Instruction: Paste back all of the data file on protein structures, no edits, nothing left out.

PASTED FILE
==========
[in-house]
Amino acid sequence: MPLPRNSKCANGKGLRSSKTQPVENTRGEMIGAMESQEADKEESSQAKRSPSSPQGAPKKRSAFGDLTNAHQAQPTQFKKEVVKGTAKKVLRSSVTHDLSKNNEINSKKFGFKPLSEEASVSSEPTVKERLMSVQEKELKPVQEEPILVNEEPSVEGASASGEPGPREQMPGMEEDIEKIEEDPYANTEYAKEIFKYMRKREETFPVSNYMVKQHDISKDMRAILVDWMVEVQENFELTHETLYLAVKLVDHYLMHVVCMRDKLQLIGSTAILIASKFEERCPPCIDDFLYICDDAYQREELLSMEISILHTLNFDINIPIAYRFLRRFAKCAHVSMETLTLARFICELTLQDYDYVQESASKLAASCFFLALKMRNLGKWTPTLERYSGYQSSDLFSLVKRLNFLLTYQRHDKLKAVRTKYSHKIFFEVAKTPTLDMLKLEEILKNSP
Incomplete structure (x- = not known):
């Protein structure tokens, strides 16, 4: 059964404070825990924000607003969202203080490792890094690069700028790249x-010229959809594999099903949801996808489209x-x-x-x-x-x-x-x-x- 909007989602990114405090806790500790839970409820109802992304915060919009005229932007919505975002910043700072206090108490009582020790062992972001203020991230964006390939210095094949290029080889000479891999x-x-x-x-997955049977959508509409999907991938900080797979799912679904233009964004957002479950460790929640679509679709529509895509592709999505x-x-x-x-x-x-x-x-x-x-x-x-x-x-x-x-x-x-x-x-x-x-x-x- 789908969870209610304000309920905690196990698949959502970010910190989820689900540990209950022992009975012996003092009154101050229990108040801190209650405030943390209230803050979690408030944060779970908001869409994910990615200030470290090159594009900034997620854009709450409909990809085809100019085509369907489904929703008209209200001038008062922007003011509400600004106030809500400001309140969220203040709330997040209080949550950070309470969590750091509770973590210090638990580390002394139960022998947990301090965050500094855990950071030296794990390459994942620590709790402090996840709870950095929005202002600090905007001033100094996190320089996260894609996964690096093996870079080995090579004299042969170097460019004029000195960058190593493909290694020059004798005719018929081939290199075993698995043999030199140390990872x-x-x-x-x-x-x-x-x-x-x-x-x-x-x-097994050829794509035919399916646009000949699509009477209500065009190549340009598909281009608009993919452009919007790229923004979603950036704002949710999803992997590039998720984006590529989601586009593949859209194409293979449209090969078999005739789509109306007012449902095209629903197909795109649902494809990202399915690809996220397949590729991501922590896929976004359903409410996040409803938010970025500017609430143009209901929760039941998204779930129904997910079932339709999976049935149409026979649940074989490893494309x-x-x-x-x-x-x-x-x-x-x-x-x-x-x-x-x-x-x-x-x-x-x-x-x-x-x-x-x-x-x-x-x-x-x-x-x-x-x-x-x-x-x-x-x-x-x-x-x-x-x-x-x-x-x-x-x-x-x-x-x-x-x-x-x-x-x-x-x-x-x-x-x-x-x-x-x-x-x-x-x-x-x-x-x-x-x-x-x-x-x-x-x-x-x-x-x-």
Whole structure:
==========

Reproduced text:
[in-house]
Amino acid sequence: MPLPRNSKCANGKGLRSSKTQPVENTRGEMIGAMESQEADKEESSQAKRSPSSPQGAPKKRSAFGDLTNAHQAQPTQFKKEVVKGTAKKVLRSSVTHDLSKNNEINSKKFGFKPLSEEASVSSEPTVKERLMSVQEKELKPVQEEPILVNEEPSVEGASASGEPGPREQMPGMEEDIEKIEEDPYANTEYAKEIFKYMRKREETFPVSNYMVKQHDISKDMRAILVDWMVEVQENFELTHETLYLAVKLVDHYLMHVVCMRDKLQLIGSTAILIASKFEERCPPCIDDFLYICDDAYQREELLSMEISILHTLNFDINIPIAYRFLRRFAKCAHVSMETLTLARFICELTLQDYDYVQESASKLAASCFFLALKMRNLGKWTPTLERYSGYQSSDLFSLVKRLNFLLTYQRHDKLKAVRTKYSHKIFFEVAKTPTLDMLKLEEILKNSP
Incomplete structure (x- = not known):
């Protein structure tokens, strides 16, 4: 059964404070825990924000607003969202203080490792890094690069700028790249x-010229959809594999099903949801996808489209x-x-x-x-x-x-x-x-x- 909007989602990114405090806790500790839970409820109802992304915060919009005229932007919505975002910043700072206090108490009582020790062992972001203020991230964006390939210095094949290029080889000479891999x-x-x-x-997955049977959508509409999907991938900080797979799912679904233009964004957002479950460790929640679509679709529509895509592709999505x-x-x-x-x-x-x-x-x-x-x-x-x-x-x-x-x-x-x-x-x-x-x-x- 789908969870209610304000309920905690196990698949959502970010910190989820689900540990209950022992009975012996003092009154101050229990108040801190209650405030943390209230803050979690408030944060779970908001869409994910990615200030470290090159594009900034997620854009709450409909990809085809100019085509369907489904929703008209209200001038008062922007003011509400600004106030809500400001309140969220203040709330997040209080949550950070309470969590750091509770973590210090638990580390002394139960022998947990301090965050500094855990950071030296794990390459994942620590709790402090996840709870950095929005202002600090905007001033100094996190320089996260894609996964690096093996870079080995090579004299042969170097460019004029000195960058190593493909290694020059004798005719018929081939290199075993698995043999030199140390990872x-x-x-x-x-x-x-x-x-x-x-x-x-x-x-097994050829794509035919399916646009000949699509009477209500065009190549340009598909281009608009993919452009919007790229923004979603950036704002949710999803992997590039998720984006590529989601586009593949859209194409293979449209090969078999005739789509109306007012449902095209629903197909795109649902494809990202399915690809996220397949590729991501922590896929976004359903409410996040409803938010970025500017609430143009209901929760039941998204779930129904997910079932339709999976049935149409026979649940074989490893494309x-x-x-x-x-x-x-x-x-x-x-x-x-x-x-x-x-x-x-x-x-x-x-x-x-x-x-x-x-x-x-x-x-x-x-x-x-x-x-x-x-x-x-x-x-x-x-x-x-x-x-x-x-x-x-x-x-x-x-x-x-x-x-x-x-x-x-x-x-x-x-x-x-x-x-x-x-x-x-x-x-x-x-x-x-x-x-x-x-x-x-x-x-x-x-x-x-």
Whole structure: